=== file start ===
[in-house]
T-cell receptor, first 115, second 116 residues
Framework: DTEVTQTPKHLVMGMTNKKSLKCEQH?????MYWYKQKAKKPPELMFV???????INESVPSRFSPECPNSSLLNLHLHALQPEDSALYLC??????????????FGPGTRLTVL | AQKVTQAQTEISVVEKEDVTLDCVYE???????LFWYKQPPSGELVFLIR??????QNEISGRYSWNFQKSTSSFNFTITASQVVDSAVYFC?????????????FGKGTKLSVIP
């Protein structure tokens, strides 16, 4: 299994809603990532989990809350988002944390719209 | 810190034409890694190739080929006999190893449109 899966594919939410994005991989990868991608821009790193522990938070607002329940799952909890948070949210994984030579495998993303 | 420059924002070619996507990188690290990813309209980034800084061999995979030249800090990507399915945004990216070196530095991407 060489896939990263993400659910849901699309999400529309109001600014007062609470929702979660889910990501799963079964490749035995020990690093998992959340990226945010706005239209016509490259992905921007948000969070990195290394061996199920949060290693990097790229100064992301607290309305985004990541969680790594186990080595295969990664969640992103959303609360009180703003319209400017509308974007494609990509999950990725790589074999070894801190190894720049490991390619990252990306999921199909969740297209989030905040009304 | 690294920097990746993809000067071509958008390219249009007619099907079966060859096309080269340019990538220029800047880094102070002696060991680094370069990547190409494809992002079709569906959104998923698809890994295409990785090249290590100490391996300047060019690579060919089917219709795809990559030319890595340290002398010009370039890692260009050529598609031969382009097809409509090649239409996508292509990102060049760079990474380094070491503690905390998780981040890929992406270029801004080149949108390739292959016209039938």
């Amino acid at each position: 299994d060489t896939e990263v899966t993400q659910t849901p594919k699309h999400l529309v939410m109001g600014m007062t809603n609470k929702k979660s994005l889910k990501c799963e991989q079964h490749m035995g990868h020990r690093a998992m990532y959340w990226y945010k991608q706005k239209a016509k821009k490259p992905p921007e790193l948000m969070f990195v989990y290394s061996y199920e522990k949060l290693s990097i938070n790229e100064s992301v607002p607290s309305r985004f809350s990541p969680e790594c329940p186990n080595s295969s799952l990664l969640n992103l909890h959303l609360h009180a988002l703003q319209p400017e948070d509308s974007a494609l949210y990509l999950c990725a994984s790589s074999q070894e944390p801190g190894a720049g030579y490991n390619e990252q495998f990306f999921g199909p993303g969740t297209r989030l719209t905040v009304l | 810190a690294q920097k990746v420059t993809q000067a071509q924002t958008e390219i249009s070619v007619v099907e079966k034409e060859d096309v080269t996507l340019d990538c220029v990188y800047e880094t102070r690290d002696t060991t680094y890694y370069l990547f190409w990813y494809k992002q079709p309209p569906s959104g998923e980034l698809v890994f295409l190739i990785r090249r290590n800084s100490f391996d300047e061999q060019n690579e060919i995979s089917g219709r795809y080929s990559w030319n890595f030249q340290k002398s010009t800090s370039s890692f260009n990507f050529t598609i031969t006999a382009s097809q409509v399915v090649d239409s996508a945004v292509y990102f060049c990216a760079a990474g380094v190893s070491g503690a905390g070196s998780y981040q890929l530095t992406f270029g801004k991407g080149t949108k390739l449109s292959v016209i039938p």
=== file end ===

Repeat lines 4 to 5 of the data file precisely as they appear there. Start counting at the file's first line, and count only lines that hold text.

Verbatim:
């Protein structure tokens, strides 16, 4: 299994809603990532989990809350988002944390719209 | 810190034409890694190739080929006999190893449109 899966594919939410994005991989990868991608821009790193522990938070607002329940799952909890948070949210994984030579495998993303 | 420059924002070619996507990188690290990813309209980034800084061999995979030249800090990507399915945004990216070196530095991407 060489896939990263993400659910849901699309999400529309109001600014007062609470929702979660889910990501799963079964490749035995020990690093998992959340990226945010706005239209016509490259992905921007948000969070990195290394061996199920949060290693990097790229100064992301607290309305985004990541969680790594186990080595295969990664969640992103959303609360009180703003319209400017509308974007494609990509999950990725790589074999070894801190190894720049490991390619990252990306999921199909969740297209989030905040009304 | 690294920097990746993809000067071509958008390219249009007619099907079966060859096309080269340019990538220029800047880094102070002696060991680094370069990547190409494809992002079709569906959104998923698809890994295409990785090249290590100490391996300047060019690579060919089917219709795809990559030319890595340290002398010009370039890692260009050529598609031969382009097809409509090649239409996508292509990102060049760079990474380094070491503690905390998780981040890929992406270029801004080149949108390739292959016209039938």
């Amino acid at each position: 299994d060489t896939e990263v899966t993400q659910t849901p594919k699309h999400l529309v939410m109001g600014m007062t809603n609470k929702k979660s994005l889910k990501c799963e991989q079964h490749m035995g990868h020990r690093a998992m990532y959340w990226y945010k991608q706005k239209a016509k821009k490259p992905p921007e790193l948000m969070f990195v989990y290394s061996y199920e522990k949060l290693s990097i938070n790229e100064s992301v607002p607290s309305r985004f809350s990541p969680e790594c329940p186990n080595s295969s799952l990664l969640n992103l909890h959303l609360h009180a988002l703003q319209p400017e948070d509308s974007a494609l949210y990509l999950c990725a994984s790589s074999q070894e944390p801190g190894a720049g030579y490991n390619e990252q495998f990306f999921g199909p993303g969740t297209r989030l719209t905040v009304l | 810190a690294q920097k990746v420059t993809q000067a071509q924002t958008e390219i249009s070619v007619v099907e079966k034409e060859d096309v080269t996507l340019d990538c220029v990188y800047e880094t102070r690290d002696t060991t680094y890694y370069l990547f190409w990813y494809k992002q079709p309209p569906s959104g998923e980034l698809v890994f295409l190739i990785r090249r290590n800084s100490f391996d300047e061999q060019n690579e060919i995979s089917g219709r795809y080929s990559w030319n890595f030249q340290k002398s010009t800090s370039s890692f260009n990507f050529t598609i031969t006999a382009s097809q409509v399915v090649d239409s996508a945004v292509y990102f060049c990216a760079a990474g380094v190893s070491g503690a905390g070196s998780y981040q890929l530095t992406f270029g801004k991407g080149t949108k390739l449109s292959v016209i039938p």